Owing to its location, Sicily has always enjoyed a role as a meeting place between the European west and the Arabic east, and this long history of diversity is reflected in its cultural and artistic heritage which features Doric temples, Roman mosaics, and numerous Baroque and Renaissance palaces and chapels.
A fine example of the Roman history of the island is the Piazza Amerina close to Syracuse, where you can find a lavish Roman villa with perfectly restored mosaics across the floors. Architecturally and historically, Sicily is perhaps most famous for its Greek temples such as the one in Syracuse, a town which can trace its history right back to the Greek mathematician Archimedes whose tomb can be found in the Grotticelli Necropolis. Syracuse also hosts dozens of other Greek and Christian monuments, with surviving frescoes and paintings by the likes of Caravaggio and his acolyte Minniti.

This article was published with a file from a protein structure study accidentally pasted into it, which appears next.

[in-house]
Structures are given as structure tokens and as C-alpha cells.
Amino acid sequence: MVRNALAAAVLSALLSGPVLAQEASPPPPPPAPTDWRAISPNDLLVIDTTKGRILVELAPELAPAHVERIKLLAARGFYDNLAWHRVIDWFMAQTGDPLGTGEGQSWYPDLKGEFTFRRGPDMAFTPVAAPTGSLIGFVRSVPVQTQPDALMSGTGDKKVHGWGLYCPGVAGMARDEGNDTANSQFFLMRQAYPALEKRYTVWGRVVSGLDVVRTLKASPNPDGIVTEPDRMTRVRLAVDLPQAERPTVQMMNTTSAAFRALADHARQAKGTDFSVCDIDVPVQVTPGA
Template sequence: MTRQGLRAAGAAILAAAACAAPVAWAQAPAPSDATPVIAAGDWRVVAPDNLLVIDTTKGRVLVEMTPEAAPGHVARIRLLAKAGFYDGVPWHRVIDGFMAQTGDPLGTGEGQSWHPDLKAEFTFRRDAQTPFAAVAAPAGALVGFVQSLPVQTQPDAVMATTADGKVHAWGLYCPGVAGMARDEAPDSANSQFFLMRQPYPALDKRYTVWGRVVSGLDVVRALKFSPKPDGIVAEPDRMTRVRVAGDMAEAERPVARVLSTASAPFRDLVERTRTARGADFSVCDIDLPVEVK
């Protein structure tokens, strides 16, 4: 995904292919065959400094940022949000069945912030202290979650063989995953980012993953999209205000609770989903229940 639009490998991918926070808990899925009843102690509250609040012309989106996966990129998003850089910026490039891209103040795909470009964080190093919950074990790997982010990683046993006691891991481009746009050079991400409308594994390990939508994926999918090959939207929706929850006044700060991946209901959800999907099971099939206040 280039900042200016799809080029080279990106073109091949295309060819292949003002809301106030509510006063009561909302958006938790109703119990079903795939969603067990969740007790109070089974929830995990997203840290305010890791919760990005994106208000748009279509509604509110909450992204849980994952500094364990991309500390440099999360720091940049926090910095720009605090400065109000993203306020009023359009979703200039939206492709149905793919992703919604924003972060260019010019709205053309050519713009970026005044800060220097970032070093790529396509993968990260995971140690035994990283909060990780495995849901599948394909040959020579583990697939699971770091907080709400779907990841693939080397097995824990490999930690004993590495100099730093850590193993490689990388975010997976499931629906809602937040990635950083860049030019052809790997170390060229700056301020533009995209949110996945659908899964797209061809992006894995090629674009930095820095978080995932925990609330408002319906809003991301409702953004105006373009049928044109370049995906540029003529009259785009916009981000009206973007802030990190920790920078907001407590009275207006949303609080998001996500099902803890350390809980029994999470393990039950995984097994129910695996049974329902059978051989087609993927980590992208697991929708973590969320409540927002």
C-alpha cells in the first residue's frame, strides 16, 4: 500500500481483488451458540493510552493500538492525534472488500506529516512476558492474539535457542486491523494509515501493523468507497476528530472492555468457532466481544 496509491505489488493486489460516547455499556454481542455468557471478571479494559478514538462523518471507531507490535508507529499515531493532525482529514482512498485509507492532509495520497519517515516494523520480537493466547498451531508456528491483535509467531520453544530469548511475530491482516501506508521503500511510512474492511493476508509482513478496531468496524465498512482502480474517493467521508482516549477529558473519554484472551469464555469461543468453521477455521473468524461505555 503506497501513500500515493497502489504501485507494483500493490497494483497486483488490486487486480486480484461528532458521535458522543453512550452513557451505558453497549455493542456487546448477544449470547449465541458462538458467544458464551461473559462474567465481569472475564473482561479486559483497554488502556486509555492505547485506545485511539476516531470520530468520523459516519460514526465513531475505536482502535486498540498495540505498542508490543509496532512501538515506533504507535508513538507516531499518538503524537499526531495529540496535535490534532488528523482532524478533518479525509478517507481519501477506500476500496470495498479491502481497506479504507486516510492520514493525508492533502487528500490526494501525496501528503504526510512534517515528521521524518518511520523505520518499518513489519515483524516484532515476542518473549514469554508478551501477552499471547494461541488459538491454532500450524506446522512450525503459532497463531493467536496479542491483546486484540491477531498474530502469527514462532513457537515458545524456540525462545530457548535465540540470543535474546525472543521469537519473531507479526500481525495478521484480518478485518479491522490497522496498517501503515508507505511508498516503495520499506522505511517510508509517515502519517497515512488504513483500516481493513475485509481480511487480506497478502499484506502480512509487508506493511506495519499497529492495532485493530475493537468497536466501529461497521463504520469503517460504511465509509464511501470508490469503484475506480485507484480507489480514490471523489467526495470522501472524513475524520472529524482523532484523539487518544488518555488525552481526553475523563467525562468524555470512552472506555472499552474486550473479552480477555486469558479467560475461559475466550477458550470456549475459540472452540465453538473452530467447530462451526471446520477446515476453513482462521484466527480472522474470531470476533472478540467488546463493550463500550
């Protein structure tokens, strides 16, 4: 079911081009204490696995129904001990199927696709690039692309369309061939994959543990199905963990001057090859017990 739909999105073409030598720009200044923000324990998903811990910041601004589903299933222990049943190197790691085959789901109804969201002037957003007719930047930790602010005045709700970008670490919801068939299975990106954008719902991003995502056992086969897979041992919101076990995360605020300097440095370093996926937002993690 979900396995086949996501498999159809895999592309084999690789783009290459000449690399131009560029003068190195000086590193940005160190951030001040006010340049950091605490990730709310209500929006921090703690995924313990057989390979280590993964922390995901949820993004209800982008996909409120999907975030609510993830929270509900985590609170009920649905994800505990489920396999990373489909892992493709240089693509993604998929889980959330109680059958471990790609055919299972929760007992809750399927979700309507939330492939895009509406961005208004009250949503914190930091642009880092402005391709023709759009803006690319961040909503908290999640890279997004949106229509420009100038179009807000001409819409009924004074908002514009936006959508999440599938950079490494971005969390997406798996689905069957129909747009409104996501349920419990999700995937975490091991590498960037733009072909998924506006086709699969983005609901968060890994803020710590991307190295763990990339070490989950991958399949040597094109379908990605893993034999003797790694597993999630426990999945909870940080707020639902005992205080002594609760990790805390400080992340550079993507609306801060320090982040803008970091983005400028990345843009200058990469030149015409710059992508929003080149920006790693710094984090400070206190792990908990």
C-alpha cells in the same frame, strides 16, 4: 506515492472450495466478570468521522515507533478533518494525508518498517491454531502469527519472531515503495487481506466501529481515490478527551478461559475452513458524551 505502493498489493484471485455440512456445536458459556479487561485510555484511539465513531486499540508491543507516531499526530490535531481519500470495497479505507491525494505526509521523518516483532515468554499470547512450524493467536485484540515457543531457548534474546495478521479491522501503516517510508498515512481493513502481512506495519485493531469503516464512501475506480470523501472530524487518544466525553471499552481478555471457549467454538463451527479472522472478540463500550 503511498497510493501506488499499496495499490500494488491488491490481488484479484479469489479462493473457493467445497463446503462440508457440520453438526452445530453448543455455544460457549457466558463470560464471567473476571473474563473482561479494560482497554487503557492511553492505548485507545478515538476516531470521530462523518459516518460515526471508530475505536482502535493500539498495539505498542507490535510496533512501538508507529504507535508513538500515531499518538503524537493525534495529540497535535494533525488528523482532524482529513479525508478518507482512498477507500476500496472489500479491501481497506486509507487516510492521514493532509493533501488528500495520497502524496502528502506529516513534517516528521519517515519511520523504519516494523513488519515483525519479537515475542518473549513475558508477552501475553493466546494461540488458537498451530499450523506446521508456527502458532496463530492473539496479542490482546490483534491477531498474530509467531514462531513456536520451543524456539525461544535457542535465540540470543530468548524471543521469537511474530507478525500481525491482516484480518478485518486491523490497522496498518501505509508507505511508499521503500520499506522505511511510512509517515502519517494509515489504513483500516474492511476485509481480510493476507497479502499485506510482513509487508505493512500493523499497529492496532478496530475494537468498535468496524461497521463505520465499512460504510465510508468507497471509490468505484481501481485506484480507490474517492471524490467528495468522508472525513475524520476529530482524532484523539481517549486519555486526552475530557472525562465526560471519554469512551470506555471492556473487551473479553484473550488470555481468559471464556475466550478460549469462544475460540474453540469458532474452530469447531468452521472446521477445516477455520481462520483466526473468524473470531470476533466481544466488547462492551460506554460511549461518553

The special light and dramatic scenery found in Sicily made the island a magnet for artists throughout the ages, and it is nowadays home to many great galleries. The Galleria Regionale di Palazzo Bellomo, also in Syracuse, dates back to the 13th century and is home to a diverse collection of medieval and modern pieces of both painting and sculpture, while the Francesco Pantaleone Arte Contemporanea is a must-see gallery for fans of more contemporary work.